"New life breathed into old characters....This straightforward, fun story lightly teaches readers to navigate changing friendships and the importance of trying new things even if it means doing it alone." -- Kirkus Reviews
Betty Cooper and her buddies from Archie's Riverdale are reimagined for middle-grade readers in this full-length, full-color graphic novel written by rising star Sarah Kuhn and drawn by critically acclaimed artist J. Bone!
Betty Cooper and Val Smith are best friends ready to start middle school. They've always done everything together--taken the same classes, played the same games, and created the world of Sparklespacelandia in Betty's backyard together--so naturally, Betty assumes they'll continue to be an unbreakable duo once the school year starts. But Val finds herself drawn toward pursuing a music elective, and does it without Betty at her side. Suddenly Betty's on her own for the first time since Val moved to the neighborhood, and she's struggling to deal with being lumped in with the loser drama class--that just happens to be dominated by snotty and powerful Veronica Lodge! Even the presence of other friends like Archie, Jughead, and Sabrina isn't making Betty feel better about her estrangement from Val. Will Betty and Val find a new way to connect, or has middle school ended their friendship for good?
Sarah Kuhn and J. Bone deliver an authentic and funny tale of middle-school life as they reimagine the iconic gang from Riverdale into contemporary middle-grade students. Full of lively dialogue and stunningly hilarious art, the dynamics of friendship and school struggles are as classic as the characters themselves--and fresh and engaging for today's readers.
About the Author
Sarah Kuhn is the author of the popular Heroine Complex novels, a series for the adult market starring Asian American superheroines. The first book is a Locus bestseller, an RT Reviewers' Choice Award nominee, and one of the Barnes & Noble Sci-Fi & Fantasy Blog's Best Books of 2016. Her YA debut, the Japan-set, romantic comedy I Love You So Mochi, came out in summer 2019 and was a Junior Library Guild selection. Other projects include "The Ruby Equation" for the Eisner-nominated comics anthology Fresh Romance, a YA comic book continuation of the teen cult classic movie Clueless, and a series of Barbie-licensed comics.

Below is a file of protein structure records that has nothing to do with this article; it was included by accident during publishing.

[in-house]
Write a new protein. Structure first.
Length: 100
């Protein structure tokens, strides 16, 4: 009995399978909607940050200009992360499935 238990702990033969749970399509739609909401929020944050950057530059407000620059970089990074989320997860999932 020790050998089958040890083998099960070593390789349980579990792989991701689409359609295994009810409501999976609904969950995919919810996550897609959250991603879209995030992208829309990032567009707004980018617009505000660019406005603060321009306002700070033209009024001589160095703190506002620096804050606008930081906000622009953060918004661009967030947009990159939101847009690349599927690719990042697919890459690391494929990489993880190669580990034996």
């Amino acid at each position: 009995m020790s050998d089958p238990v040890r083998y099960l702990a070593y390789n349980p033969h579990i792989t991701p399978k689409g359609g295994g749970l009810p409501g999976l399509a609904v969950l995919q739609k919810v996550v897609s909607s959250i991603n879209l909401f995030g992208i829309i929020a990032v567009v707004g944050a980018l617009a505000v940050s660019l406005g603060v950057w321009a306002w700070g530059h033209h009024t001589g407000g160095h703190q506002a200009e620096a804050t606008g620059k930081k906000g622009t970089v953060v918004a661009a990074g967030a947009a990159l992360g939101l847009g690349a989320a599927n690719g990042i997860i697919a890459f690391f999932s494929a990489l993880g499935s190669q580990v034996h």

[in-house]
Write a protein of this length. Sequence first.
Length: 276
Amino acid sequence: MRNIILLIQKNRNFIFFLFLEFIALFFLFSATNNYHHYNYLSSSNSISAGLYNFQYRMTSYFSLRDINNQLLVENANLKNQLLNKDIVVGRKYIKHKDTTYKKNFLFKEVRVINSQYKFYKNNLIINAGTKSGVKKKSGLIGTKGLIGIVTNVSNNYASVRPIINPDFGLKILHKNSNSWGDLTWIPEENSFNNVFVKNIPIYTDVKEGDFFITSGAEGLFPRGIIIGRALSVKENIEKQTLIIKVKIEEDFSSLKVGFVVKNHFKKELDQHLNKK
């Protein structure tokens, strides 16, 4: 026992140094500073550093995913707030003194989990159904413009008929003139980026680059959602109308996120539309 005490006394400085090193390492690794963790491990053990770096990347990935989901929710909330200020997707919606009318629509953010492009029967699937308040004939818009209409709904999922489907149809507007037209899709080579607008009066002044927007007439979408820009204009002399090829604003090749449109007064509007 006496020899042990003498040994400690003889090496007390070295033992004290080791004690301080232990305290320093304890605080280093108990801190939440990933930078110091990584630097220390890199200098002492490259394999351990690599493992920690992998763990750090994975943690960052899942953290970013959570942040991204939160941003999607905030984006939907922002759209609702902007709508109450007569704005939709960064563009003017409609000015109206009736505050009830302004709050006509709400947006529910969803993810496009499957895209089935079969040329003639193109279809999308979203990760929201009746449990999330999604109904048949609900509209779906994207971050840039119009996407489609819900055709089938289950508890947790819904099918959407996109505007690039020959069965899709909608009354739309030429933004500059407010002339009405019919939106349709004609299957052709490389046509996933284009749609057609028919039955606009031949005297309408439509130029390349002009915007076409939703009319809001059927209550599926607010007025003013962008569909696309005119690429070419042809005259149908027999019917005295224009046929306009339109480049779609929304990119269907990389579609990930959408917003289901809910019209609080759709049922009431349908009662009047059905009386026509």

J. Bone jumped into the comic book industry in 1999 with the publication of Solar Stella, for which he received an Eisner Award nomination. He's perhaps best known for his work on The Spirit and The New Frontier for DC Comics, and two issues of Spider-Man: Tangled Web for Marvel Comics. Most recently, J. Bone has been inking a number of Archie projects, including a Kevin Keller miniseries and Archie Meets Batman '66.
New life is breathed into old characters.
Betty and Val have been best friends since Val moved into the neighborhood years ago. They've grown up doing everything together, including creating the epic fantasy world of Sparklespacelandia! But the new real world of middle school threatens to be the end of both Sparklespacelandia and their friendship. Betty had expected that she and Val would take the library science elective together, so she's puzzled when Val says she needs to follow her passion and take music as her elective, leaving them with no classes together. Now Betty is stuck in drama with the rest of her friends who didn't get their first choices. Miserable, Betty wants nothing more than to keep the spark of Sparklespacelandia alive even if it's not what she expected. Betty will need to learn how to listen to her friends and come to understand that it's OK to let people be creative in their own ways. If she does, maybe Betty and Val's friendship can survive. Realistic illustrations are reminiscent of the older Archie comics but with softer lines and preteen shapes giving them a younger appearance. Backgrounds are sparsely drawn, allowing young readers to focus on the characters' faces and interactions. This straightforward, fun story lightly teaches readers to navigate changing friendships and the importance of trying new things even if it means doing it alone. Betty presents white, Val is cued as black, and the supporting cast of characters is diverse. A lighthearted coming-of-age story. — Kirkus Reviews